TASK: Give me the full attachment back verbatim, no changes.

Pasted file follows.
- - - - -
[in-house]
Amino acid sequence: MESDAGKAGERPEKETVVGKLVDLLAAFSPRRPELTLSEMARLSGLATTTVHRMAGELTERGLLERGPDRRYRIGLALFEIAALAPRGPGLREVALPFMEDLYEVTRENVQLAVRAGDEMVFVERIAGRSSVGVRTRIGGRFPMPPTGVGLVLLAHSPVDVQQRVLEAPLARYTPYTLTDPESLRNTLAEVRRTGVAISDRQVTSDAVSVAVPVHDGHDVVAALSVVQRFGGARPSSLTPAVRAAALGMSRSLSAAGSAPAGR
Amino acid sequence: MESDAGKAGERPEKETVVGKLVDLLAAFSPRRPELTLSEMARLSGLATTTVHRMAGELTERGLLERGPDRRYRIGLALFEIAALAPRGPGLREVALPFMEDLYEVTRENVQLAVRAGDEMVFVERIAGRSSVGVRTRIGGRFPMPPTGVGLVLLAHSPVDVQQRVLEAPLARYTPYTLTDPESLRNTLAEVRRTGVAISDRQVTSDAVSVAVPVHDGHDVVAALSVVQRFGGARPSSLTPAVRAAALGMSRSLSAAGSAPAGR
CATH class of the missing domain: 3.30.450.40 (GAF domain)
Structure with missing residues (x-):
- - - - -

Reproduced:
[in-house]
Amino acid sequence: MESDAGKAGERPEKETVVGKLVDLLAAFSPRRPELTLSEMARLSGLATTTVHRMAGELTERGLLERGPDRRYRIGLALFEIAALAPRGPGLREVALPFMEDLYEVTRENVQLAVRAGDEMVFVERIAGRSSVGVRTRIGGRFPMPPTGVGLVLLAHSPVDVQQRVLEAPLARYTPYTLTDPESLRNTLAEVRRTGVAISDRQVTSDAVSVAVPVHDGHDVVAALSVVQRFGGARPSSLTPAVRAAALGMSRSLSAAGSAPAGR
Amino acid sequence: MESDAGKAGERPEKETVVGKLVDLLAAFSPRRPELTLSEMARLSGLATTTVHRMAGELTERGLLERGPDRRYRIGLALFEIAALAPRGPGLREVALPFMEDLYEVTRENVQLAVRAGDEMVFVERIAGRSSVGVRTRIGGRFPMPPTGVGLVLLAHSPVDVQQRVLEAPLARYTPYTLTDPESLRNTLAEVRRTGVAISDRQVTSDAVSVAVPVHDGHDVVAALSVVQRFGGARPSSLTPAVRAAALGMSRSLSAAGSAPAGR
CATH class of the missing domain: 3.30.450.40 (GAF domain)
Structure with missing residues (x-):